Best Holiday Ever. 4.5 / 5
Directed by Molly Manning Walker.
Three British teenage girls go on a rites-of-passage holiday—drinking, clubbing and hooking up, in what should be the best summer of their lives.
The idea of a booze-fuelled trip to party islands like Malia or Ibiza has never really appealed to me. So a film like How to Have Sex already left me feeling uneasy even before it revealed its nauseating yet important message.
Molly Manning Walker delivers one of the strongest British debuts in years. Beginning in recognisable territory with pulsing club music and friendship setting the familiar tone of a coming of age story, the film takes a bold and stylistic change halfway through as we follow Mia McKenna-Bruce's journey. The music fades, the editing becomes less energetic and the shots become longer and stiller. The reflective silences force the characters and the audience to be present and address the events head on.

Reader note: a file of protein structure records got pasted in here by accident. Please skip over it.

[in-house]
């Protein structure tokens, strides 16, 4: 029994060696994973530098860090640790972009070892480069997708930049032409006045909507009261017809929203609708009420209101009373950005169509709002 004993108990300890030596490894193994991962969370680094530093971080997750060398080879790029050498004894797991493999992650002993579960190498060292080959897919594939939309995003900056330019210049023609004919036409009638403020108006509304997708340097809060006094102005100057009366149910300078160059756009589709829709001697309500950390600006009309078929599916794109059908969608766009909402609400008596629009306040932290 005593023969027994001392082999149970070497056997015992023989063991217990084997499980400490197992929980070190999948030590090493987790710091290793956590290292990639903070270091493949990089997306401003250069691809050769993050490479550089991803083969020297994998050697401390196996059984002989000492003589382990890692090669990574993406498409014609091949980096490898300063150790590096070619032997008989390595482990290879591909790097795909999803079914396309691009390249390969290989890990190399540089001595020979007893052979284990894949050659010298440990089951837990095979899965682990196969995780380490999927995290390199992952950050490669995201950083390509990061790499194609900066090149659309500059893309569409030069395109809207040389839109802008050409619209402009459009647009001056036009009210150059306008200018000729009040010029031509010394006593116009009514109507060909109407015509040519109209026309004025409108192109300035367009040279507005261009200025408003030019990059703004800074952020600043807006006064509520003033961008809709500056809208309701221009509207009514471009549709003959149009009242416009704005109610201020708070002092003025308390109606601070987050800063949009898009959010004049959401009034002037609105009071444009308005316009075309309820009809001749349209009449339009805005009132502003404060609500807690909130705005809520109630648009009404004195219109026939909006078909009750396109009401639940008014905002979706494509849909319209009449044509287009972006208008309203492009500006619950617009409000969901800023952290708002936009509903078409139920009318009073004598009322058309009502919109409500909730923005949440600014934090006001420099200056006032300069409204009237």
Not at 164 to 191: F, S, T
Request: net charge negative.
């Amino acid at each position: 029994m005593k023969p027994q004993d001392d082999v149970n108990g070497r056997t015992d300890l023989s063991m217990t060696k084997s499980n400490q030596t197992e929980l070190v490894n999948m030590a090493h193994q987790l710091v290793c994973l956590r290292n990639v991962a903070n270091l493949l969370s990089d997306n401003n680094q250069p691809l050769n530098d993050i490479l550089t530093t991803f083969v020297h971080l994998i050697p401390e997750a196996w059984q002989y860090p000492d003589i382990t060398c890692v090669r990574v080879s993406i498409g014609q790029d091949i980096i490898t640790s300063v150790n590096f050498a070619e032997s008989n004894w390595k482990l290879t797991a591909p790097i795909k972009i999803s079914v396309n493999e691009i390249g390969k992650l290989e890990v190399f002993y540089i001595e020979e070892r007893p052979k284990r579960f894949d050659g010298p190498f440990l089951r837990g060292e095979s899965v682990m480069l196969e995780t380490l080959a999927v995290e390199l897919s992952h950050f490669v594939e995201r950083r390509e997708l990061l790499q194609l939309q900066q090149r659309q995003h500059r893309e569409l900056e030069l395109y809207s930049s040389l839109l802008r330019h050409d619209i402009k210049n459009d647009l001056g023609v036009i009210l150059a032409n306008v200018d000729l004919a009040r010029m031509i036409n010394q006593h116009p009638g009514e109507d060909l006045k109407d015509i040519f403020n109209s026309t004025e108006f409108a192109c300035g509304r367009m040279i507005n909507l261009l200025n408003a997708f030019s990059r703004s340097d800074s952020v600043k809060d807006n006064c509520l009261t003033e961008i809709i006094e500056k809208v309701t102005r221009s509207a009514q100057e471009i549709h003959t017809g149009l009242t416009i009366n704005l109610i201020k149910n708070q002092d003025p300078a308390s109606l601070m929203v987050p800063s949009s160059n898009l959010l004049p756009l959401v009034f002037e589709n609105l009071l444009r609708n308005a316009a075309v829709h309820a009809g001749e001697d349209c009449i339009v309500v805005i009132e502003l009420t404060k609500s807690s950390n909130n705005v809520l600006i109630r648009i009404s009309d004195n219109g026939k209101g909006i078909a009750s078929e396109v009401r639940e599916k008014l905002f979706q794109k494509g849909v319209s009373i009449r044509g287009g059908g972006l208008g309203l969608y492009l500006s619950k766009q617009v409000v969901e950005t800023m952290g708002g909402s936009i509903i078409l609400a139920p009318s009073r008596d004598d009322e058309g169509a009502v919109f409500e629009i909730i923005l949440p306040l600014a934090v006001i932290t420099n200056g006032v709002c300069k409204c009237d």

Mia McKenna-Bruce as Tara gives a beautifully authentic performance, you get locked into her isolated headspace as what isn't said becomes more important than the words spoken. The performances of the cast throughout feel so genuine which only makes the world it builds feel more natural and a stark reflection of our own harsh reality.
An important conversation starter makes this essential viewing for all but especially the young adult audience to consider the effect of their actions - to let this fictional work be a reminder that impacts real life behaviours - a tough but necessary watch crafted with the care and attention it deserves.